The big feast is soon to arrive — and with it the spectacle and delights of the festive season ahead. Before we settle in for that Thanksgiving gathering with family and friends, step out and explore some of the holiday-themed events nearby.
Early on in our nation’s history, Native Americans handed down time-honored practices involved in rejoicing over nature’s bounty at harvest time — even though it certainly wasn’t Thanksgiving as we know it. Yet, there was plenty of feasting and festivities as these early Americans gathered to commemorate their harvest before settling in for the approaching winter.
An annual holiday event — a popular long-standing tradition — honors the spirit and traditions of Long Island’s early residents at Garvies Point Museum and Preserve, timed to coincide with Thanksgiving. This weekend’s festival, Nov. 18-19, gives visitors a deep dive into the lifestyle of those early Americans through varied activities — both indoors and out.
Everyone can participate in tool and pottery-making, and spear-throwing using the atlatl (a spear-throwing tool). Also experience natural clay and pottery making. Primitive fire building (without matches!) and some on-site campfire cooking are among other activities always enjoyed by all who take part.
Visitors can sample some authentic native foods and learn about the process of creating “dugout” canoes. In addition, see an authentic reproduction of a wigwam, always a favorite with kids and parents.
Families can also learn about the process of creating “dugout” canoes, along with corn grinding and storytelling (at 11 a.m., 1 and 3 p.m.) with Chief Redfeather of eastern Long Island’s Montaukett tribe. Also check out displays of artifacts from the museum collection, and the authentic reproduction of a wigwam, always a favorite with kids and parents.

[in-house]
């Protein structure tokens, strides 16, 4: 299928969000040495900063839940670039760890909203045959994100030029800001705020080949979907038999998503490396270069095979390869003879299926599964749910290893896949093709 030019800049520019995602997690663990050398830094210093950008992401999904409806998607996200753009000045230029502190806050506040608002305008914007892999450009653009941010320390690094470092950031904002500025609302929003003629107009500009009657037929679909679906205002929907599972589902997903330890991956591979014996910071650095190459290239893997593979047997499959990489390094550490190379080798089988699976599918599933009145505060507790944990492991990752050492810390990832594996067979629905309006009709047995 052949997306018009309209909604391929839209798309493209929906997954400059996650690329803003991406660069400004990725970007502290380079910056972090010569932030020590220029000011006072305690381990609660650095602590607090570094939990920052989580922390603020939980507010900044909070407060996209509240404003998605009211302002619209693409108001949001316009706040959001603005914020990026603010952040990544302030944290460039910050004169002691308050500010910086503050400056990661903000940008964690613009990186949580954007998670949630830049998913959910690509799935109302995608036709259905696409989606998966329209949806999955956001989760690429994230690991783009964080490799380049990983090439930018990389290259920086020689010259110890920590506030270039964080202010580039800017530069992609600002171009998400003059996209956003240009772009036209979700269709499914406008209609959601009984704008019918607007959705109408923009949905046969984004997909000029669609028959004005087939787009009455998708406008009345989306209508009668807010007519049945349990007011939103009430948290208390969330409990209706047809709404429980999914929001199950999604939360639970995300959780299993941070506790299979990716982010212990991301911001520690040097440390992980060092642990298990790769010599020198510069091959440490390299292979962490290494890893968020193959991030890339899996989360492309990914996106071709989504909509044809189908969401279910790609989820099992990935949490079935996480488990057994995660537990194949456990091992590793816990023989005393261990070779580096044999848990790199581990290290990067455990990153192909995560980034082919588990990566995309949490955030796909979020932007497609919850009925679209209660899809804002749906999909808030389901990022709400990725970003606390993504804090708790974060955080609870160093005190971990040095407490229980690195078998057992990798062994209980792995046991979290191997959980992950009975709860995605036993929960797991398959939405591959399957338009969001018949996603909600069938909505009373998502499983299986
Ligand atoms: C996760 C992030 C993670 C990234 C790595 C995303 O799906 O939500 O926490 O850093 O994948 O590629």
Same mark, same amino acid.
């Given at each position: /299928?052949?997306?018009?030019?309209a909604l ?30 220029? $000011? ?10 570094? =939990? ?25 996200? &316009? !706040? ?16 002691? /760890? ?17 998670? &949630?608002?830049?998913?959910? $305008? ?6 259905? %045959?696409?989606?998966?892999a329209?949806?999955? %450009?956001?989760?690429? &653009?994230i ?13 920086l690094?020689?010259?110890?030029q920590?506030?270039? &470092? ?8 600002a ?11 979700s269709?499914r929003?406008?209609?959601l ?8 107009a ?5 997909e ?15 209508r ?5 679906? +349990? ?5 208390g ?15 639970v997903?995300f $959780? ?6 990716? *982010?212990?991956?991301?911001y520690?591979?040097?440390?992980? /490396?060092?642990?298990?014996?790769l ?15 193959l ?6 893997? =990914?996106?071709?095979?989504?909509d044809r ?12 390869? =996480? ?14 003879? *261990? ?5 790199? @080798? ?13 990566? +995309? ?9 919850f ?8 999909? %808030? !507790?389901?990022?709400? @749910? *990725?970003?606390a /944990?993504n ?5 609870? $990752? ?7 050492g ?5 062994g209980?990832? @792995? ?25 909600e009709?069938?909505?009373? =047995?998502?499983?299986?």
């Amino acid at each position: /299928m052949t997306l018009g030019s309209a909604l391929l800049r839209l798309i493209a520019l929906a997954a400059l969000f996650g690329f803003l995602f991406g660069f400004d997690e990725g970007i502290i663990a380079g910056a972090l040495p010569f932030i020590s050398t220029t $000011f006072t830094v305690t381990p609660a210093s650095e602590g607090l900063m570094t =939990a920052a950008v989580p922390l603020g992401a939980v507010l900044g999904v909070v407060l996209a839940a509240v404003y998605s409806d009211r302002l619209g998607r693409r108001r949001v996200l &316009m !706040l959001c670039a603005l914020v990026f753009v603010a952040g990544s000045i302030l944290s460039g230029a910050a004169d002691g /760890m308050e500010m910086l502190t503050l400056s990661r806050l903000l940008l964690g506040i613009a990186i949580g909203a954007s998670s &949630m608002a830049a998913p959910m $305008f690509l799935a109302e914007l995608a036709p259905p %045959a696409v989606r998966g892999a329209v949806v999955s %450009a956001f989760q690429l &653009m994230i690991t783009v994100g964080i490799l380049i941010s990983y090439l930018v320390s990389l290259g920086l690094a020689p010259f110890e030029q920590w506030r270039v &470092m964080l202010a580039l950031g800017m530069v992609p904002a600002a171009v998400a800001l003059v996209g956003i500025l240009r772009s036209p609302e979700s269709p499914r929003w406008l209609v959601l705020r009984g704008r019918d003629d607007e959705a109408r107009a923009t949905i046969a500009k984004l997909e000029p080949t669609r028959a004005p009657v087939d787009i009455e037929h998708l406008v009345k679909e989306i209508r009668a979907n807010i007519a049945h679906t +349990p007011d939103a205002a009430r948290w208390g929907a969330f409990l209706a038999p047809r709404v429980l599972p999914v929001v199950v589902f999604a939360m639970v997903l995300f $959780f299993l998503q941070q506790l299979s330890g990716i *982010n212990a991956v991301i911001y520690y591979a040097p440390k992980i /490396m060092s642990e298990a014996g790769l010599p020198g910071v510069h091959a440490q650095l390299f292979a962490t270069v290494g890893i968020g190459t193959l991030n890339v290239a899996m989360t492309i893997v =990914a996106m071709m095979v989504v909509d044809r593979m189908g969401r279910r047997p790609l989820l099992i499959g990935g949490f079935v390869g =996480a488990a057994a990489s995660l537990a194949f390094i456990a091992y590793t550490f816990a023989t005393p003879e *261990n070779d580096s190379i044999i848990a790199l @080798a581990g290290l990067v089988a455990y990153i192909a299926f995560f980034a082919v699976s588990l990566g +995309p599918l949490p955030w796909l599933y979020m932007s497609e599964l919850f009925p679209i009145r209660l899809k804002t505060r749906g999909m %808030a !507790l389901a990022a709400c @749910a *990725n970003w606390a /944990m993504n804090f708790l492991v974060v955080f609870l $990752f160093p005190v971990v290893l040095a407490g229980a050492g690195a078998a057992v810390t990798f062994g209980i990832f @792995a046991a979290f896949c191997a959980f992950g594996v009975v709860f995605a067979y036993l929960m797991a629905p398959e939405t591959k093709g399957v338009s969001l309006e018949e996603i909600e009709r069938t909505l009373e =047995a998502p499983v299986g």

While there, the museum’s permanent exhibits — which showcase Long Island’s Native American culture and archaeology, as well as the geology of Long Island and New York state — are also worth visiting, as are the preserve’s nature trails. The newest exhibit, “Art of the Zuni Fetish,” is a must-see, according to museum director Veronica Natale.
“These small, hand-carved animal figurines are made of varying stone types, and each animal has its own meaning,” she says. “They are adorable in-person.”
The enchanting holiday extravaganza that first arrived here last year returns to Long Island, illuminating Eisenhower Park throughout the holiday season, Thursday through Monday, 4:30 to 9:30 p.m.
Visitors will be immersed in an array of light displays, lanterns, and interactive art installations that make up LuminoCity’s Wonder Journey. Among the highlights? See multiple illuminating sculptures in Jocelyn’s Garden and Chiaozza’s Forest, designed by internationally renowned artists Jocelyn Tsaih and Chiaozza.
“Lantern festivals have long been a tradition in Asian culture, especially during the holidays,” producer Amber Cao says. “We want to recreate that tradition and share it with everyone. We’re excited to translate our tradition into creating an unforgettable holiday experience.”
Laster lights, music, and even a smoke machine add to the experience — what Cao describes as a “magical space.” The beloved story “Alice in Wonderland” adds a wondrous component to the light display. Visitors encounter iconic scenes from the Wonderland Tea Party, to the butterfly seat, and a life-sized Queen’s Castle where adults and kids can slide down the Queen of Heart’s massive slide.
Cao and her team also partnered with Long Island Children’s Museum for what’s defined as an “underwater experience” that showcases displays of underwater sea creatures designed by local children.
“We seek out community collaborations that offer our visitors unique opportunities to showcase their creativity as they learn about cultural traditions,” says Erika Floreska, museum president.
The collaboration between LuminoCity and LICM includes a concurrent exhibit at LICM detailing the process of turning 2D drawings into the illuminated lanterns on display and exploring the art of lantern making.
“We’re excited that thousands of families will be able to see our visitors’ ideas realized as 3D lanterns during the festival,” Floreska says.
Light sculptures in the Mystical Jellyfish Forest, Ship and Dolphin Lagoon, Giant Whale Tail, Imaginary Sea Creature and Fiddler Crab were designed by children who participated in a hands-on workshop at the museum. Their 2D artwork was submitted for an opportunity to be brought to life in 3D.
Winners range from 5 to 11 years old.